00: I did not play sports in high school. My parents used the Asian parents' toolbox of shame to keep me out of trouble. I learned classical dance for 5 years as a teen though. It was sort of like a sport?
Eric: I didn't live on a farm, but did live in the same type of rural area (our high schools are in the same league). I played sports all through grade school, junior high, and high school, including summers. Three (even four) sports in HS. Still play sports to this day. Sports didn't keep any of the kids "out of trouble"...they still managed to find it despite being involved in athletics. My $0.02 - the only thing that keeps kids out of trouble are kids that want to stay out of trouble.
JT: I lived in “rural” areas growing up, and lived outside the city limits for at least five years when I was young, but my family have never been farmers. I played sports when I was younger, but stopped when we moved to the town where I graduated high school. Some of that was me, and some my parents (I wanted to play football in 7th grade, but couldn’t and ran cross country instead, hated it, and then couldn’t play basketball because I “had a bad attitude”). In my experience, kids who are in sports aren’t any more likely to be less involved in “trouble” than a non-sports peer, same with achieving in school. Like Eric said, kids who want to stay out of trouble generally do, regardless of school activities they are involved in.
So much of Nelson’s message is based hard work and dedication to doing your best, this article seems to end with talking about how awful video games are… I see most college athletes and pros playing Madden and FIFA non-stop, do they need to go outside more too?
GT: Yes, clearly they are not doing enough with two-a-days and constant workouts. Do better, student athletes. As far as pros? How did you even GET THIS FAR by playing video games for fun? Shameful, really.
00: I think video games actually help with coordination and form for individuals who are already athletically inclined. My kid plays FIFA, NBA2K17, Madden, etc. He's also a decent athlete for his age and size and plays organized hoops, flag football, tennis, etc. As a side benefit, he's learning a lot about schemes and plays from playing video games.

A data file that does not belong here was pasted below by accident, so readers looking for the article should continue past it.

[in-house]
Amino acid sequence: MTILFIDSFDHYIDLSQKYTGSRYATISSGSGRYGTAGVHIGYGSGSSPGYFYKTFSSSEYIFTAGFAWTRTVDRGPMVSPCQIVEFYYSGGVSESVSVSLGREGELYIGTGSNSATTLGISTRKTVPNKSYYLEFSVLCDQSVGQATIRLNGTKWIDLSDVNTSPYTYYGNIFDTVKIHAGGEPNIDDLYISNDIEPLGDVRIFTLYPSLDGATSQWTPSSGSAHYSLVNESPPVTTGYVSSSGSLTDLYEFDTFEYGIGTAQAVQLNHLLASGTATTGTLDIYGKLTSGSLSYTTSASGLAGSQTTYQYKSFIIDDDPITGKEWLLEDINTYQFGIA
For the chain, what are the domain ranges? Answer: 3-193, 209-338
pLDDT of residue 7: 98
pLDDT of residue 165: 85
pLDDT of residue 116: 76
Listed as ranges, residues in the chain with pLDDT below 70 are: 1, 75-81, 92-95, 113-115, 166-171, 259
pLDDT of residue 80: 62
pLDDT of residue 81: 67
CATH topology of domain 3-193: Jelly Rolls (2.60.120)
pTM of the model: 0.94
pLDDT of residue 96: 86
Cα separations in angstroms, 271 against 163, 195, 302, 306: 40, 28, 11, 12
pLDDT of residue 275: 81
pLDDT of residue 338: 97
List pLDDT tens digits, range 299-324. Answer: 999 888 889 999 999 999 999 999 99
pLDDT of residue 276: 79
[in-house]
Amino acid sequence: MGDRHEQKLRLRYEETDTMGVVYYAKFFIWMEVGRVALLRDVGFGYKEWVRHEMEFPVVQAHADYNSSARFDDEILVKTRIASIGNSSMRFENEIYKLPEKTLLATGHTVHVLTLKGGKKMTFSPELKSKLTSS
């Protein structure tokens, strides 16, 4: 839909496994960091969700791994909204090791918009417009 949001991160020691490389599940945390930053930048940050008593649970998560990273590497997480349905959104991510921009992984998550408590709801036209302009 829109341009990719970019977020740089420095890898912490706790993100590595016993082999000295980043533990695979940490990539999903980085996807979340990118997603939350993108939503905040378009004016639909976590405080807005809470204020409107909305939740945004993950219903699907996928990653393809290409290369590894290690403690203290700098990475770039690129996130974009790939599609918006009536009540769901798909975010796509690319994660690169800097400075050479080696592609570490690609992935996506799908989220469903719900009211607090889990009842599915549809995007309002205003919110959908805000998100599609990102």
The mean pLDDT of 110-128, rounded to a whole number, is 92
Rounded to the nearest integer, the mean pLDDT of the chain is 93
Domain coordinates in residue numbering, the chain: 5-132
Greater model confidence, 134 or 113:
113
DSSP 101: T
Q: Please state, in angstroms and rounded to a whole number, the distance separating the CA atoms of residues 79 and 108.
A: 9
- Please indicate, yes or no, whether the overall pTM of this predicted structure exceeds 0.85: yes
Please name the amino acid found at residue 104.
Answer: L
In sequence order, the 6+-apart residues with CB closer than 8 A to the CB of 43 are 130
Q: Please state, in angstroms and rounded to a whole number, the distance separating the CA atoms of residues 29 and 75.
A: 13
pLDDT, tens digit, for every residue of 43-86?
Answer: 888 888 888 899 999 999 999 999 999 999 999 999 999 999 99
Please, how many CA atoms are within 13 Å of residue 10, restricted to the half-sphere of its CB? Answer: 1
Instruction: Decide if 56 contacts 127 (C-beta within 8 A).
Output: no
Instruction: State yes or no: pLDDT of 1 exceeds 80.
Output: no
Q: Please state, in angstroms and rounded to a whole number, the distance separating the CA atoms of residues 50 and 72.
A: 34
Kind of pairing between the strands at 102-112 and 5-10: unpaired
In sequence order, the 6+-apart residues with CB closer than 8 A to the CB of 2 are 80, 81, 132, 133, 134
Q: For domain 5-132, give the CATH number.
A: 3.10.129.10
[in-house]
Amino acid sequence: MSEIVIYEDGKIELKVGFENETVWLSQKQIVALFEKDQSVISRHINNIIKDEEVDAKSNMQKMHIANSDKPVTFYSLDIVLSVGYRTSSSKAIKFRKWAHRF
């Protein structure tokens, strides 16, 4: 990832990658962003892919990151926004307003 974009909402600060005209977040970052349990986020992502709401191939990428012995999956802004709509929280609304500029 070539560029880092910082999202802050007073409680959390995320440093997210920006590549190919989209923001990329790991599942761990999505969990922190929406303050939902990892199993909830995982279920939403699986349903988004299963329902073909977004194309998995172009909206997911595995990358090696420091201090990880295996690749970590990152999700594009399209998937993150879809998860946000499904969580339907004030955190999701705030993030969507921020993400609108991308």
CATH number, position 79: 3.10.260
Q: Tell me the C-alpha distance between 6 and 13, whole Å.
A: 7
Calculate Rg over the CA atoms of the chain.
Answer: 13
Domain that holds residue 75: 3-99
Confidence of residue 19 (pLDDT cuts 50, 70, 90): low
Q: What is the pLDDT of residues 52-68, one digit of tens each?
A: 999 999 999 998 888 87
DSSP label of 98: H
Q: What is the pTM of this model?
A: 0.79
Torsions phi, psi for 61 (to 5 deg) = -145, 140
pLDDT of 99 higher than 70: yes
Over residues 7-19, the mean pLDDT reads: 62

Eric: Nope - see point #2. Video games continue to be a generational red herring to mask crappy parenting, just as smartphones and other new technology have become.
JT: Being last in line has it’s disadvantages. I agree with my co-writers on this one, again. Also, I spent good quality father-son time with my dad playing NFL football games when I was a pre-teen and teenager. I enjoyed spending that time with him, and I’m pretty sure he enjoyed spending that time with me. I competed in other games against my sister and mom (yes, both my parents played video games with us; often it was my mom we had to kick of the console so others could have a turn). So parents can make video games a family activity if they want, just like anything else.
Nelson’s message is “get off the video games and go play outside,” what would your message to the younger generation be?
GT: Oh good, an opportunity for me to lecture children! My message would be simple… Be grateful for naps that adults force you to take, everyone as an adult is cranky and miserable to be around because we don’t get naps anymore. Play video games if you want, just be grateful for naps.
00: My message is "be a kid." If that means playing outside but sometimes also inviting Joey from next door over to play XBox, that works for me.
Eric: Strive to be a well-rounded person. If video games are your "thing", then great - play video games. If sports are your focus, then play sports. But always find and develop other activities you enjoy, and try to excel at them. Don't do just one thing. Ever. Intellect, athleticism, awareness, and empathy are all things that can be learned through hobbies or activities.
JT: Do many things, be involved, but do what you enjoy. If you enjoy playing video games then do that, just make sure you take some breaks to enjoy “real-life” once in a while. I played plenty of video games, but also read a lot of books, played several instruments, played outside, and more. There are plenty of hours in the day to make time for the things that are important. And for parents, video games aren’t a bad thing, if you stay involved (but don’t helicopter either).
So what do you guys think? Check out the article and leave your comments below!